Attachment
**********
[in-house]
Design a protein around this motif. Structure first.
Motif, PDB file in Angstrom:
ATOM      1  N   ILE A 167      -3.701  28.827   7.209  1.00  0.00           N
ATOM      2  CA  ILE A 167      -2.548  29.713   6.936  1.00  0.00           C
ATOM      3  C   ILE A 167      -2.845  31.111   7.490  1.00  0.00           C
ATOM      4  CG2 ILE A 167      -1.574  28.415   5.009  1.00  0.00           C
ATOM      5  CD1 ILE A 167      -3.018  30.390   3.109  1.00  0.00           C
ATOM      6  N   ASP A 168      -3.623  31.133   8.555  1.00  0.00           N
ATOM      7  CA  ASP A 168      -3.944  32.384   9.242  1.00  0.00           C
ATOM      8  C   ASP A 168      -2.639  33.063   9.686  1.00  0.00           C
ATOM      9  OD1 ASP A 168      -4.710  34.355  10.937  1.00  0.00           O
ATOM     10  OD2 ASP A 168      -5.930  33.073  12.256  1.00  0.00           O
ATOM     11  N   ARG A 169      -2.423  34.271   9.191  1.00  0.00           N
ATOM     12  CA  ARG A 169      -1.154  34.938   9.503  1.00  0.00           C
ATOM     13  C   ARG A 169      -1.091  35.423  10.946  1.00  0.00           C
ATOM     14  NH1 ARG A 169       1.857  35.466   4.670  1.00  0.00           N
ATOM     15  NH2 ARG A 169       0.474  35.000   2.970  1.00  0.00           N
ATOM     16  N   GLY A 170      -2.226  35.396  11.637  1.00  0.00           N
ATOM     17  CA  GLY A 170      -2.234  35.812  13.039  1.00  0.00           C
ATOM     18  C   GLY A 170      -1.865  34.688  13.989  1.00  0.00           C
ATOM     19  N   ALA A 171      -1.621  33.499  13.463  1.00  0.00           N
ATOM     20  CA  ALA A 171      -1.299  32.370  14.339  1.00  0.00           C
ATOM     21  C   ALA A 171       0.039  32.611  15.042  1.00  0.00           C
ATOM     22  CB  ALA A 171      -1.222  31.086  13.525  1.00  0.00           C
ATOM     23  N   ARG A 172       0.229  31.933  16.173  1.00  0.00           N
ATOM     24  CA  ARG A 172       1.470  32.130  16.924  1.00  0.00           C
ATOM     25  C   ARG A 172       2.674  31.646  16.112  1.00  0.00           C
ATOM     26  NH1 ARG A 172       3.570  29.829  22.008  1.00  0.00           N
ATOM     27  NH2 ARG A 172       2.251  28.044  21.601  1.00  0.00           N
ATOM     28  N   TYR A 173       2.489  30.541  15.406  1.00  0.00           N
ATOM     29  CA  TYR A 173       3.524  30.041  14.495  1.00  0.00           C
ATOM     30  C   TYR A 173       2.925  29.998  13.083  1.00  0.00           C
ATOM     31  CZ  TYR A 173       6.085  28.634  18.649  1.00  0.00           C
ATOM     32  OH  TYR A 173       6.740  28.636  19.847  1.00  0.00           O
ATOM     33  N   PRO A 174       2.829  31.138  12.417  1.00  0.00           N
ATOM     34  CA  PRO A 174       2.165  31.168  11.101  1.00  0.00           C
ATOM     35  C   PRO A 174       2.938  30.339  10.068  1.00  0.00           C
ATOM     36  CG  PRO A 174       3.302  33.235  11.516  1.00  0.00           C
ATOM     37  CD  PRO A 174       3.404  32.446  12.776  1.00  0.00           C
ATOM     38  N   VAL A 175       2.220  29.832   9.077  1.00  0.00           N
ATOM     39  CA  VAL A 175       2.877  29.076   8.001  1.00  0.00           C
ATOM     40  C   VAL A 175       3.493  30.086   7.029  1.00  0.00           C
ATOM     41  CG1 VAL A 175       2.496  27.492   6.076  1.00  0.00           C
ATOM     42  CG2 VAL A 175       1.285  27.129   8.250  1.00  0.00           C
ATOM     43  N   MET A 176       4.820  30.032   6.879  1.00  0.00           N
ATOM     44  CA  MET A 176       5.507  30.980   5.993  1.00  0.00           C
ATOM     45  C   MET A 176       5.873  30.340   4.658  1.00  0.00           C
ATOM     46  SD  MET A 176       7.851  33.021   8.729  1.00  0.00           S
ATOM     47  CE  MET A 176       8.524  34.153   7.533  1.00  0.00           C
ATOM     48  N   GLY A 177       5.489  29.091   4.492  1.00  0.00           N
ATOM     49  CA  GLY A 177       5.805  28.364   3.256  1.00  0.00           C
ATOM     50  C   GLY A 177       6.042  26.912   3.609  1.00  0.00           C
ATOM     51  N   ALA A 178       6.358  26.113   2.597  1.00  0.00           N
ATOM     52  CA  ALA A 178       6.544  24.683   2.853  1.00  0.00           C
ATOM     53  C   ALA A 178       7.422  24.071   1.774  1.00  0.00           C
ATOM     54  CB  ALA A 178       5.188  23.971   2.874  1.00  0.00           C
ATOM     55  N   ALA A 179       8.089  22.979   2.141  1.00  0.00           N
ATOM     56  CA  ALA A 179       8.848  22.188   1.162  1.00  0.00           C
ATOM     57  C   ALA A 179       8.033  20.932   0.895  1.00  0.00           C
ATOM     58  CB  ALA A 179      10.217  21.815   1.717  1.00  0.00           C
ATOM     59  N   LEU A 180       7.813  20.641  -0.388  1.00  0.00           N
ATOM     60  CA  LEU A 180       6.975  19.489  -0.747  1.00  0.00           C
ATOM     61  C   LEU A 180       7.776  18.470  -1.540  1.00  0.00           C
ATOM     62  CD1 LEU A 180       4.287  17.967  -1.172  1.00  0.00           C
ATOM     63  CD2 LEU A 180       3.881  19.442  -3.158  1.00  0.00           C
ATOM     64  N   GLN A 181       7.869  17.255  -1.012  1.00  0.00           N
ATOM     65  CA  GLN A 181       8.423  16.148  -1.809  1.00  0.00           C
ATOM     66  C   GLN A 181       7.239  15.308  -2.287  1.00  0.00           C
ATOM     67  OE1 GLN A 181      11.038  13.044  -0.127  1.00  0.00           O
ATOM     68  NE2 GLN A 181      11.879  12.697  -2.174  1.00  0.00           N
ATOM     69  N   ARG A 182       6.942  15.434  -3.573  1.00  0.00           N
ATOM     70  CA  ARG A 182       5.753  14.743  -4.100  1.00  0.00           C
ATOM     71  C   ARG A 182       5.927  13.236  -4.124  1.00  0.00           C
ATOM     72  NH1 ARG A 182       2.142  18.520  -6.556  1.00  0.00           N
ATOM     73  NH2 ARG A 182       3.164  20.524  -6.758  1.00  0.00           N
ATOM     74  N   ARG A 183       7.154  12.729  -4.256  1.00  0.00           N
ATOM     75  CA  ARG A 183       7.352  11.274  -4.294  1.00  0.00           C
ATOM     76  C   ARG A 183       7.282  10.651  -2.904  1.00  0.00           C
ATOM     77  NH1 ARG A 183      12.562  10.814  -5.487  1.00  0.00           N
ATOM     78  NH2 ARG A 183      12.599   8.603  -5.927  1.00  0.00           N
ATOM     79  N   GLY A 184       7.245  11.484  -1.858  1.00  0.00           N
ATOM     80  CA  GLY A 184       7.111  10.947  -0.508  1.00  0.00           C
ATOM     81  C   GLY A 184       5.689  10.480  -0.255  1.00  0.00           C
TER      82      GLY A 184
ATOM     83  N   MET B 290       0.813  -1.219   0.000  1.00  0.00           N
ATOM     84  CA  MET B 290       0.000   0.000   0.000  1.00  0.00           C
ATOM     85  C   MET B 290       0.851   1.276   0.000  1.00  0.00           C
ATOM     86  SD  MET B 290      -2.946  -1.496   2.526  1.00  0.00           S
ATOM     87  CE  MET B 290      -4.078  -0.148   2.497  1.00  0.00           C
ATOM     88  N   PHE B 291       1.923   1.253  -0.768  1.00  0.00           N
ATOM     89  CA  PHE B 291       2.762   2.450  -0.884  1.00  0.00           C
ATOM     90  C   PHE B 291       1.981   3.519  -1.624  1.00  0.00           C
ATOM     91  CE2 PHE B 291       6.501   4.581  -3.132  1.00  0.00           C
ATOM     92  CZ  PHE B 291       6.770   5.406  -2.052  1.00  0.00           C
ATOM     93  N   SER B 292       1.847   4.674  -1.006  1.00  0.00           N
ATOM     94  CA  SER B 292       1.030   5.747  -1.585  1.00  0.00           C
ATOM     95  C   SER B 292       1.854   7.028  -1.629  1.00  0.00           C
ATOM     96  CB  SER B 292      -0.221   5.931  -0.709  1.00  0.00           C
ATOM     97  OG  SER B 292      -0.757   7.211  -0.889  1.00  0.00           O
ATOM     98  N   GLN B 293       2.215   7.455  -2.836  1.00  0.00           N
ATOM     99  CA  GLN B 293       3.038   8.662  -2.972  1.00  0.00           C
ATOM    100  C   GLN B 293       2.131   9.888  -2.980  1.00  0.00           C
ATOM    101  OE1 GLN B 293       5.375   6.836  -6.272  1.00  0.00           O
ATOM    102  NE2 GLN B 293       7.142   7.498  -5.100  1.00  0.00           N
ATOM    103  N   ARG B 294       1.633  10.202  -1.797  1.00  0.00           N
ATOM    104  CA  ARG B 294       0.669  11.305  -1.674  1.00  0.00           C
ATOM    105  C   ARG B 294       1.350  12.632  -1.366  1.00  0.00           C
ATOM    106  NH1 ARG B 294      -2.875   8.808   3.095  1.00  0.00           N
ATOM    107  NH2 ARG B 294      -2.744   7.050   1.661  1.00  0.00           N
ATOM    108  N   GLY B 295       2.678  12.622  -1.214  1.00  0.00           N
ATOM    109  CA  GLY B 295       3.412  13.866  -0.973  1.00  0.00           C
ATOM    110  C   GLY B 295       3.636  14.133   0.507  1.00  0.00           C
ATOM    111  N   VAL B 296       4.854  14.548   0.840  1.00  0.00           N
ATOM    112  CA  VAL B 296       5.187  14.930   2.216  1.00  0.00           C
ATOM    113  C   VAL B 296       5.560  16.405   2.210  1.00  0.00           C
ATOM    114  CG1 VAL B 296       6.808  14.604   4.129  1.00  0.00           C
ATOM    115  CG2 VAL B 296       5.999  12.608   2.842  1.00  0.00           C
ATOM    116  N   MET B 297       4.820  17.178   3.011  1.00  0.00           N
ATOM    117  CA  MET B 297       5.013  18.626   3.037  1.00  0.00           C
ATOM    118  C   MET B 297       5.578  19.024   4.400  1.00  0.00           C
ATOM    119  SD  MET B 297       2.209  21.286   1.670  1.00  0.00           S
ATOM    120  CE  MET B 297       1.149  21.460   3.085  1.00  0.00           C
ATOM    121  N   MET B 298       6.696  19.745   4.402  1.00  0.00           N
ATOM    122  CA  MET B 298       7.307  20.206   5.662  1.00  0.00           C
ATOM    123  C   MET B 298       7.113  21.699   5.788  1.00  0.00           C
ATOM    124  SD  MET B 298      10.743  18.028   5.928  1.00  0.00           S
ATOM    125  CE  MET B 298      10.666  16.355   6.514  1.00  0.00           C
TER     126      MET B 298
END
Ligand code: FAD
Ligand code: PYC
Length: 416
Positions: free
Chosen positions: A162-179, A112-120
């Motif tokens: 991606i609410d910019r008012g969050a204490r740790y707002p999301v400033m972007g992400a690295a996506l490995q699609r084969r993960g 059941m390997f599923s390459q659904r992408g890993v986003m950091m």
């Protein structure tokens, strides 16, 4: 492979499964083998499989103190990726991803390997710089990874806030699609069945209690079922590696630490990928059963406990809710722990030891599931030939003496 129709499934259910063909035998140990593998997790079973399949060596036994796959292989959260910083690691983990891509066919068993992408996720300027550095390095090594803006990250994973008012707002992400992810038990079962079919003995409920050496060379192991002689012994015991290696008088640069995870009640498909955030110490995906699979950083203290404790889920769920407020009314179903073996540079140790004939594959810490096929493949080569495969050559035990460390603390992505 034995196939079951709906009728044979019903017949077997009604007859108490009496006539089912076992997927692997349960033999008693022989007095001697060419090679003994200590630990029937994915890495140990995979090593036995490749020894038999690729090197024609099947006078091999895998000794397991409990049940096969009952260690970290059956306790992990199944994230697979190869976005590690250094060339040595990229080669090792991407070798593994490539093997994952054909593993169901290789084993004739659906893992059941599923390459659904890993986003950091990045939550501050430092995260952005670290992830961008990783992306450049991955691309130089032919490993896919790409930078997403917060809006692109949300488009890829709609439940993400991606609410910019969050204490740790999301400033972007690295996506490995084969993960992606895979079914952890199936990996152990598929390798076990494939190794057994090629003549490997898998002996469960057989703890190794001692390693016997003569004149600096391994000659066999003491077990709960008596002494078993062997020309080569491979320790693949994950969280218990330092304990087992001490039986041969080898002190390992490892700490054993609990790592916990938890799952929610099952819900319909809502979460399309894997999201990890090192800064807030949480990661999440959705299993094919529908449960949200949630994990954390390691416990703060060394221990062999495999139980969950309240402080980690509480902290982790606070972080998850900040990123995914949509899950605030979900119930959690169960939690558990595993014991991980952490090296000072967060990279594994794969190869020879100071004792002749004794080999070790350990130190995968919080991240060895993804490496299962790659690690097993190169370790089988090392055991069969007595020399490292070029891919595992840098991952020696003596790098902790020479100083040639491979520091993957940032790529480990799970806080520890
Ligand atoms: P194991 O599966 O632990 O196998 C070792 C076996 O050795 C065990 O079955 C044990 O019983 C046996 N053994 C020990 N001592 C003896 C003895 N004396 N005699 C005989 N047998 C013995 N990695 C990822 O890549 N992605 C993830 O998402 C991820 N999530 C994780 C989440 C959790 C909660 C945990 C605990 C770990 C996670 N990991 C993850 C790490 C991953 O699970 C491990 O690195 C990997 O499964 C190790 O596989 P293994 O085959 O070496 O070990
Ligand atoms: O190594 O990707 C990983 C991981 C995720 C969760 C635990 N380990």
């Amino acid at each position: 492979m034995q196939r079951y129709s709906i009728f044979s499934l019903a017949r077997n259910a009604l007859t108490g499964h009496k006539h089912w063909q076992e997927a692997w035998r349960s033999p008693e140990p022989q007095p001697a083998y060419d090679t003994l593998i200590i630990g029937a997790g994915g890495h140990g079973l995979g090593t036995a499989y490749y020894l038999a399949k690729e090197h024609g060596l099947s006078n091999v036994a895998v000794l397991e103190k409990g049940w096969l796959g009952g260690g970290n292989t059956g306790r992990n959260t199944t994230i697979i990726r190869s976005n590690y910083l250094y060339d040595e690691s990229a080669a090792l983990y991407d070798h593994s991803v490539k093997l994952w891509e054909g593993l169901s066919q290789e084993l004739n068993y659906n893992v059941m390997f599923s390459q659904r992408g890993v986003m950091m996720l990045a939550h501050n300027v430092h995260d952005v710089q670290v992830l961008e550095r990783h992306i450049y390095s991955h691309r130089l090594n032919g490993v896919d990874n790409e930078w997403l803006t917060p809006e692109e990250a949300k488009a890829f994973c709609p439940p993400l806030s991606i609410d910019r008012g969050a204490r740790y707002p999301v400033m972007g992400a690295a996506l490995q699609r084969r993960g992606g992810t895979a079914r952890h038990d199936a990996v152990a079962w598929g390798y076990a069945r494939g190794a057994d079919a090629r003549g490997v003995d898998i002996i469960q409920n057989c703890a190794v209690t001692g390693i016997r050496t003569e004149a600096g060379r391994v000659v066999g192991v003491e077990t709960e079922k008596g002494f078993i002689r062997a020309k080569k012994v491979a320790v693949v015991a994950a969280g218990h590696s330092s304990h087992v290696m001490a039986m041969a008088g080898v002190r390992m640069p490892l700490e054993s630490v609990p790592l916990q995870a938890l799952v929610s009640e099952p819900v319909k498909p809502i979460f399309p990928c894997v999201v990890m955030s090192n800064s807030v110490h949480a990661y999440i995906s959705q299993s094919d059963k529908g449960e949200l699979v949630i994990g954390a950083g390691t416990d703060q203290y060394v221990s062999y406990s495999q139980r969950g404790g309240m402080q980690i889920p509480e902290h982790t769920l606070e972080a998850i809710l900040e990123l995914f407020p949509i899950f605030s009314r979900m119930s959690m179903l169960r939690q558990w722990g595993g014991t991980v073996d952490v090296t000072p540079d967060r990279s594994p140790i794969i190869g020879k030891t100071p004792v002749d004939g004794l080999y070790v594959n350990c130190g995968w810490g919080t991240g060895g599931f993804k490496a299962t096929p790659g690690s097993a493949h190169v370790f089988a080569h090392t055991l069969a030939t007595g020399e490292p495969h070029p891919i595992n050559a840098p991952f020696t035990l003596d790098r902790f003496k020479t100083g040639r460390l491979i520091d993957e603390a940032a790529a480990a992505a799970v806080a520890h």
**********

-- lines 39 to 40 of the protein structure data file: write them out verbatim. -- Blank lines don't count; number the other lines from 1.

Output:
ATOM     36  CG  PRO A 174       3.302  33.235  11.516  1.00  0.00           C
ATOM     37  CD  PRO A 174       3.404  32.446  12.776  1.00  0.00           C